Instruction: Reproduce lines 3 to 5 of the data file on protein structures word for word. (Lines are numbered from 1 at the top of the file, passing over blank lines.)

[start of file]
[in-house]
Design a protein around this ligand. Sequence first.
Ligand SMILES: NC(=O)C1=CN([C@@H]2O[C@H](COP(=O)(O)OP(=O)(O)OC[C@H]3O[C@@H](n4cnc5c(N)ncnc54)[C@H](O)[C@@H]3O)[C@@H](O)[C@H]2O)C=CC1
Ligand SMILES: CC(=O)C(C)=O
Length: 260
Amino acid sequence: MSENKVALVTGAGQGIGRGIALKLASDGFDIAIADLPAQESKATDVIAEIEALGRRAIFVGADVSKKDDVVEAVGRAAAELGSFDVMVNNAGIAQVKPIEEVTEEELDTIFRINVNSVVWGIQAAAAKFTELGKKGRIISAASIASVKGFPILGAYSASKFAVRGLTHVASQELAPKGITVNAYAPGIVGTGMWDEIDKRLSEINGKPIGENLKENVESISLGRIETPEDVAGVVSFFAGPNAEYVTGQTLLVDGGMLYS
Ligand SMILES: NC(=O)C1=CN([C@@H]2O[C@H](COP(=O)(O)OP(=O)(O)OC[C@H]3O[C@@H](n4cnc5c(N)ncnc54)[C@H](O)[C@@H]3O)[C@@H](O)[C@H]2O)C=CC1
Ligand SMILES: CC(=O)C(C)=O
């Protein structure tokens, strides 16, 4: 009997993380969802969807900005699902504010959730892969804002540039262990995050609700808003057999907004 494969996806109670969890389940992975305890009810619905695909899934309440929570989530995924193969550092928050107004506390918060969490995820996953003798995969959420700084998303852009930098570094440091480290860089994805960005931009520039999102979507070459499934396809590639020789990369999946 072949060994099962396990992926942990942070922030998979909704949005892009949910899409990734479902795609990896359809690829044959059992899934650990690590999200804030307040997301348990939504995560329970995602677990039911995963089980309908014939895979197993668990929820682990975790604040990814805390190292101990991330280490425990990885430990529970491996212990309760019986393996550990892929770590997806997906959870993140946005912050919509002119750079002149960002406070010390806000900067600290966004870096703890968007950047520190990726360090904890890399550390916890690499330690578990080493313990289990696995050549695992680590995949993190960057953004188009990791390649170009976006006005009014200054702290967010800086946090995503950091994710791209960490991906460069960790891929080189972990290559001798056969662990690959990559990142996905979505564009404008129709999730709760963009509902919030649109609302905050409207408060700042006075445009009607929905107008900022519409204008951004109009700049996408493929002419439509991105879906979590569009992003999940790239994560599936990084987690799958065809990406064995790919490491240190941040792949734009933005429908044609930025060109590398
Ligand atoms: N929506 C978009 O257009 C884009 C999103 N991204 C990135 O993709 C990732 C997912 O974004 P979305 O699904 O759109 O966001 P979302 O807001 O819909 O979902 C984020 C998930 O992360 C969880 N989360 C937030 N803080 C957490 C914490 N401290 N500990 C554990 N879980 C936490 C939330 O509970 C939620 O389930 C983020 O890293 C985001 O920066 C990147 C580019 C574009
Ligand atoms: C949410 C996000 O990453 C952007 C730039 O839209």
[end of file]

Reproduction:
Ligand SMILES: NC(=O)C1=CN([C@@H]2O[C@H](COP(=O)(O)OP(=O)(O)OC[C@H]3O[C@@H](n4cnc5c(N)ncnc54)[C@H](O)[C@@H]3O)[C@@H](O)[C@H]2O)C=CC1
Ligand SMILES: CC(=O)C(C)=O
Length: 260